“Can I tell you a story?” I asked my new roommate as I sat on my rolling office chair, the lone seat at the kitchen counter in the absence of my last roommate’s dining stools.
“Sure…” he responded while searching through the kitchen cabinet. “Do we have bowls?”
“Um, no.” I took a big sip of the skinny margarita mix.
“No bowls… It’s okay!” He reached for a coffee mug and began to mix cumin, pepper and chili powder. I might not have dinnerware but at least there were enough Trader Joe’s spices for an amateur attempt at National Taco Day.
A few weeks ago my roommate, Megan, moved out to attend test pilot school in Maryland, along with the contents of our apartment. After giving away nearly all of my belongings before moving to LA last year, I was left with only a mattress, a small home office and an entirely unfurnished shared living space, minus my wall art and stemless wine glasses.
By no one’s fault other than my own, I possess less than I did freshman year of college in the dorms.
“So the last guy to see the apartment was a Bumble date several months ago,” I started. “I invited him up to eat donuts and wasn’t expecting him to use my bathroom. When he came out he joked, ‘Really milking that soap, huh?’ It was almost out so I diluted it with water. You know how people do that sometimes…?”
“Yep, got it,” he said, assembling his taco.
“It gave me such bad anxiety that I couldn’t use my bathroom for, like, at least a day. Maybe two. I couldn’t handle looking at the watered down soap until I replaced it with a new bottle.”
“Would you like a taco?”
“So, basically, if a soap dispenser gave me that much anxiety then imagine how anxious I feel right now with you witnessing this totally empty living room. It feels like 100 diluted bottles of soap,” I concluded. “And yeah, can you make me a taco?”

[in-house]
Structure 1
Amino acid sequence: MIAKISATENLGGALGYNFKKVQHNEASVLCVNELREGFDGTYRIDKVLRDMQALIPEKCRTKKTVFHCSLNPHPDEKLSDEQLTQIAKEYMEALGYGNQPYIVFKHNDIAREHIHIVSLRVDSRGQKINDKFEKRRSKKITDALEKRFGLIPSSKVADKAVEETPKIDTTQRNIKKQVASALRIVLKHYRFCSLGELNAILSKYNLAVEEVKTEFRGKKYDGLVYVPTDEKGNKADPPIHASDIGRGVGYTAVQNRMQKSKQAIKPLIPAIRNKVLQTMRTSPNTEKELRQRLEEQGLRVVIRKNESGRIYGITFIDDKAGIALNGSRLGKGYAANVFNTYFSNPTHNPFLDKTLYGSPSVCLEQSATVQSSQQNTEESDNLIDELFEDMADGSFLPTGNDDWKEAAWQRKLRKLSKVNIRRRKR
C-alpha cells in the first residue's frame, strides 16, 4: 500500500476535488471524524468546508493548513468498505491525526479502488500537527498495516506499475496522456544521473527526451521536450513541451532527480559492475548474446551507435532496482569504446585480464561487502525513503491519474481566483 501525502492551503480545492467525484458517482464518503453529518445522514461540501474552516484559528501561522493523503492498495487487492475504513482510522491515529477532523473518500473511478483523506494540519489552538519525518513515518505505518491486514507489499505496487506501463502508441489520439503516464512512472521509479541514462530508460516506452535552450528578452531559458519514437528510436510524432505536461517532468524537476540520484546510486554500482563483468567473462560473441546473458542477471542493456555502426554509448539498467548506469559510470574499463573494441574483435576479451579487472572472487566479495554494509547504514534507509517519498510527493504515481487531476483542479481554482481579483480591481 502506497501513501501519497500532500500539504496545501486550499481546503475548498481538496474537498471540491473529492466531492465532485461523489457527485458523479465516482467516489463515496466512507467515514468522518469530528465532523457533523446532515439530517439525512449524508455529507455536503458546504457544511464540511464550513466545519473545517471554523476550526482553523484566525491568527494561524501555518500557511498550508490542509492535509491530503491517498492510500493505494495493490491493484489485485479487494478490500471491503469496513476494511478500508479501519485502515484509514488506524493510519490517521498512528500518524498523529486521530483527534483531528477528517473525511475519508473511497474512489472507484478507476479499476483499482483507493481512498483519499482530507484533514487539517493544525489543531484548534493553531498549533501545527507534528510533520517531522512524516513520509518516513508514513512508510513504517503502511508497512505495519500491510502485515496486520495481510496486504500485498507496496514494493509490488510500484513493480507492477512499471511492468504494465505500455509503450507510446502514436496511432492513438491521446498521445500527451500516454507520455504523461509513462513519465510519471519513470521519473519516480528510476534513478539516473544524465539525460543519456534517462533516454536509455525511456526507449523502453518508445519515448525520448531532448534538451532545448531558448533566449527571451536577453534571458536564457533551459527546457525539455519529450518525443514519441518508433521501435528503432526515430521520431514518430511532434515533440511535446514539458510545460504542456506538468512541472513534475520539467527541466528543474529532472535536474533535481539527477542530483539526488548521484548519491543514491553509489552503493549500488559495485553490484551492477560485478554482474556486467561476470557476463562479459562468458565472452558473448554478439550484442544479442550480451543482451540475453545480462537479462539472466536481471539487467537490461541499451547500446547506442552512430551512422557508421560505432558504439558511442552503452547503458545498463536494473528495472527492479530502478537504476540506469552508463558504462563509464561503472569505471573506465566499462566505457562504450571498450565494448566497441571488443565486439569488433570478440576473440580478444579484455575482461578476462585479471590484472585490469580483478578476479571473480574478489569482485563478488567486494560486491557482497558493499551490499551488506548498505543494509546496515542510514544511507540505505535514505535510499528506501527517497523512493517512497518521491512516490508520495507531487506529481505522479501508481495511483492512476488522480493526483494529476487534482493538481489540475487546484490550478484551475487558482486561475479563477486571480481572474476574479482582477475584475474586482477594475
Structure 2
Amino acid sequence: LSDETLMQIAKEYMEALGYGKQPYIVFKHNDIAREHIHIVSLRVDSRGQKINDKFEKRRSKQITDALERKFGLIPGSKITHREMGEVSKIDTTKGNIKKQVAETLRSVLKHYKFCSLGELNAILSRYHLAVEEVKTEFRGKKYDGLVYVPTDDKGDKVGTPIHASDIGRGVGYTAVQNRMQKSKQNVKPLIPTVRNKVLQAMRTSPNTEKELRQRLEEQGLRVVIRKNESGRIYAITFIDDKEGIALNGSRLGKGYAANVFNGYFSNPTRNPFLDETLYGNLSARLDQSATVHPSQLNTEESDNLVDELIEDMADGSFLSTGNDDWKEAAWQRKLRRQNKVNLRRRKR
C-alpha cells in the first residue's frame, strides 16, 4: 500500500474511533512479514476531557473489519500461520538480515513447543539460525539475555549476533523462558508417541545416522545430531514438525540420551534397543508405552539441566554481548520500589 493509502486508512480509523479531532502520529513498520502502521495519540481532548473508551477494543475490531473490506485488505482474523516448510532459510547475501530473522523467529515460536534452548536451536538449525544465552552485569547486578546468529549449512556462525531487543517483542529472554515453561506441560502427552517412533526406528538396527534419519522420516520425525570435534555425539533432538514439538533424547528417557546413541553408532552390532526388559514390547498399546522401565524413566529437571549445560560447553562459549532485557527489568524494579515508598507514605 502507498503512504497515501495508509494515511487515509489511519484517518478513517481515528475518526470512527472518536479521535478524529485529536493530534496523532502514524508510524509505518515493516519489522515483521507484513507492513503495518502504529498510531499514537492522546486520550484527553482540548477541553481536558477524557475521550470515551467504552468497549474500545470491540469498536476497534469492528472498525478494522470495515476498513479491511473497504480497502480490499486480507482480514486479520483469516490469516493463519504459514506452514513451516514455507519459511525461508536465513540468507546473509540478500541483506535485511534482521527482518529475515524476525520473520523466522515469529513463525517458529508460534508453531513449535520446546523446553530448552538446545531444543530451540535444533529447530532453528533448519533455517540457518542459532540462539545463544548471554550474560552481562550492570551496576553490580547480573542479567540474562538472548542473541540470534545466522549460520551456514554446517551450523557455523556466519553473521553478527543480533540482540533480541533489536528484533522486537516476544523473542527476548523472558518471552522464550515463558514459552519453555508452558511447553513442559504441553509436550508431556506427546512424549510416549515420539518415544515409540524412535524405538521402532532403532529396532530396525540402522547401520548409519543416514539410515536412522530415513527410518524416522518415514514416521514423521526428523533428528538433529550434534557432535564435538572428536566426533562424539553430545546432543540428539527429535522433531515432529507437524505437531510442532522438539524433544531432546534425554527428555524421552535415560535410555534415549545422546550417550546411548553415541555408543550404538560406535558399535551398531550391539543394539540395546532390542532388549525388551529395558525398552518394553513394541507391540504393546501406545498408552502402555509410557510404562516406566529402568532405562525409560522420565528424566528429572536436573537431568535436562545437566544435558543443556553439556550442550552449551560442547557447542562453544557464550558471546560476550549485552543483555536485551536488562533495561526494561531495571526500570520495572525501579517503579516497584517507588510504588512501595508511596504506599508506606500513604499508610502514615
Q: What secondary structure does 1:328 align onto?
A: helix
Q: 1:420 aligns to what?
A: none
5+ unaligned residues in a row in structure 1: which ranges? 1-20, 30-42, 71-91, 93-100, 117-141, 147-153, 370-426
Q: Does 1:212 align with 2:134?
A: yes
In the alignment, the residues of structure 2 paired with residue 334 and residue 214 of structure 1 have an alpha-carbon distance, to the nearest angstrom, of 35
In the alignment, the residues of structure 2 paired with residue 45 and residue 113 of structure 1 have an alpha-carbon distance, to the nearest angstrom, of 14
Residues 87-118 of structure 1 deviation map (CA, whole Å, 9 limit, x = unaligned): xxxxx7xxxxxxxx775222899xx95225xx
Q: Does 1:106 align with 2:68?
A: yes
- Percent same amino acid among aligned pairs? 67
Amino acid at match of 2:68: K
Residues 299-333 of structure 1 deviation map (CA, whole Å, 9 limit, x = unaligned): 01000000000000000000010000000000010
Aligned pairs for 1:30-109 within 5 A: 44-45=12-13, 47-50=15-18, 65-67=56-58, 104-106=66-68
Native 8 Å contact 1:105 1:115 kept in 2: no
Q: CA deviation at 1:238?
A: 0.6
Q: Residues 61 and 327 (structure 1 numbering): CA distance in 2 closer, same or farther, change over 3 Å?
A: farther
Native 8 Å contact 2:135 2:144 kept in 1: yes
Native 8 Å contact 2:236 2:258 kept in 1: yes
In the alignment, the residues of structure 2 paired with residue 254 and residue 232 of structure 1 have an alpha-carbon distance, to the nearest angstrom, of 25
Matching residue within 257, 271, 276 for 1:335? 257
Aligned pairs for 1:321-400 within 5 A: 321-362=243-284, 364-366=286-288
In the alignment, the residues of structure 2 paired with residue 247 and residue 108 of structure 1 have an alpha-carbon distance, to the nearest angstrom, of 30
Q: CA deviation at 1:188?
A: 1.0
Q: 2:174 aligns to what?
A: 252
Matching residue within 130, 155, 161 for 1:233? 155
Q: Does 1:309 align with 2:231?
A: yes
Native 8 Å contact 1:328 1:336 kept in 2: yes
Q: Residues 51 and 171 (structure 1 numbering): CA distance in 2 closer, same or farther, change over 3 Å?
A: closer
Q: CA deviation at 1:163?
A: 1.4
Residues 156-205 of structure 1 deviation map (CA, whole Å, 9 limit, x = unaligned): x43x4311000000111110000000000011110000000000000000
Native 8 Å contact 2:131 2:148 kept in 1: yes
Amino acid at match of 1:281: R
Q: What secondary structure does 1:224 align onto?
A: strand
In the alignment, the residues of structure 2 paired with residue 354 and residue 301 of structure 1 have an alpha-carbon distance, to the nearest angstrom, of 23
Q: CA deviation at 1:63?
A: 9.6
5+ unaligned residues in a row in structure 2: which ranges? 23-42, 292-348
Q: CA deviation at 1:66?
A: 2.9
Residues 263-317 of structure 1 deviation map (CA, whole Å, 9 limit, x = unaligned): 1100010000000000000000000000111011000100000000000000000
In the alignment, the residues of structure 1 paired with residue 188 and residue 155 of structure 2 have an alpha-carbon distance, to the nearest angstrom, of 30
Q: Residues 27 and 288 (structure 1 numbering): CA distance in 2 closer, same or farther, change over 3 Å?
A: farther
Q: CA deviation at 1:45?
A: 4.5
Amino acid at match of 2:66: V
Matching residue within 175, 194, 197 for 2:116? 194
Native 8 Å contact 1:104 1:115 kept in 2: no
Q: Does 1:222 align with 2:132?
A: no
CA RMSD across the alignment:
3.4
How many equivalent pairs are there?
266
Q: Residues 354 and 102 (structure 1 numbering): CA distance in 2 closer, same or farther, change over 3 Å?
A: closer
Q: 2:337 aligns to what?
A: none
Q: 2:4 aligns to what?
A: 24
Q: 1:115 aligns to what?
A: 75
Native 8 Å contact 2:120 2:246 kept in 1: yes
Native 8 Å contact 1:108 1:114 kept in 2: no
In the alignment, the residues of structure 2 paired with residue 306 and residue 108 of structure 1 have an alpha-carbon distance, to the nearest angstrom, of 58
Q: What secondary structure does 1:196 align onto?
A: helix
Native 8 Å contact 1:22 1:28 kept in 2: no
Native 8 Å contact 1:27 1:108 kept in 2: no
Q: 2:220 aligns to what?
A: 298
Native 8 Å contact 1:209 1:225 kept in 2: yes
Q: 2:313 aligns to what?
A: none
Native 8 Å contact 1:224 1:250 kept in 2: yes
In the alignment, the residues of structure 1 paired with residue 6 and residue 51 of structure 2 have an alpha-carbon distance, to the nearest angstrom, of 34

Brene Brown: The Power of Vulnerability
“So very quickly — really about six weeks into this research — I ran into this unnamed thing that absolutely unraveled connection in a way that I didn’t understand or had never seen. And so I pulled back out of the research and thought, I need to figure out what this is. And it turned out to be shame. And shame is really easily understood as the fear of disconnection: Is there something about me that, if other people know it or see it, that I won’t be worthy of connection?”
Brene Brown’s TEDTalk played on my laptop as I sat on the office chair at the kitchen counter the next morning, drinking coffee despite canker sores that had already formed from the acidic margarita mix. To be as articulate and brilliantly witty as Brene, the renowned researcher, is a life goal. She studies human connection and vulnerability and the way that the two affect each other. Her research is based on 6 years of collecting thousands of pieces of data.
“Connection is why we’re here,” Brene said.
After a month-long roommate search, he was the candidate I wanted to be connected to most. With many shared interests and an immediate sense of familiarity, he is the type of person who I would want to be connected to whether I was looking for a roommate or not.
Because of that, I was thrilled when he agreed to join the month-to-month lease. However, as soon as that first Taco Tuesday arrived, the following two feelings set in:
- Shame over him seeing the apartment at its worst
- Fear of him seeing my appearance at its worst
In more employed times, an empty apartment would have been an exciting shopping opportunity but not being sure when my next real paycheck was coming left me feeling unsure how and when I could realistically furnish it.
Had I been the only one living in it, I think that I could have managed with the mattress and wine glasses alone. However, with a new roommate who moved across the country and is new to LA, I want to ensure he feels at home. Without sauce pans for soup, vases for flowers and a coffee table to set down our wine and whiskey, would that be possible?
While many readers have probably lived with someone of the opposite sex, it’s new to me. Shacking at my college boyfriend’s apartment 10 years ago in order to avoid overnight parking tickets at my sorority house is the closest I’ve come. Scared to be seen without makeup on, I went to bed in foundation and eyeliner and quietly snuck out the next morning before he could look too closely at my matted hair.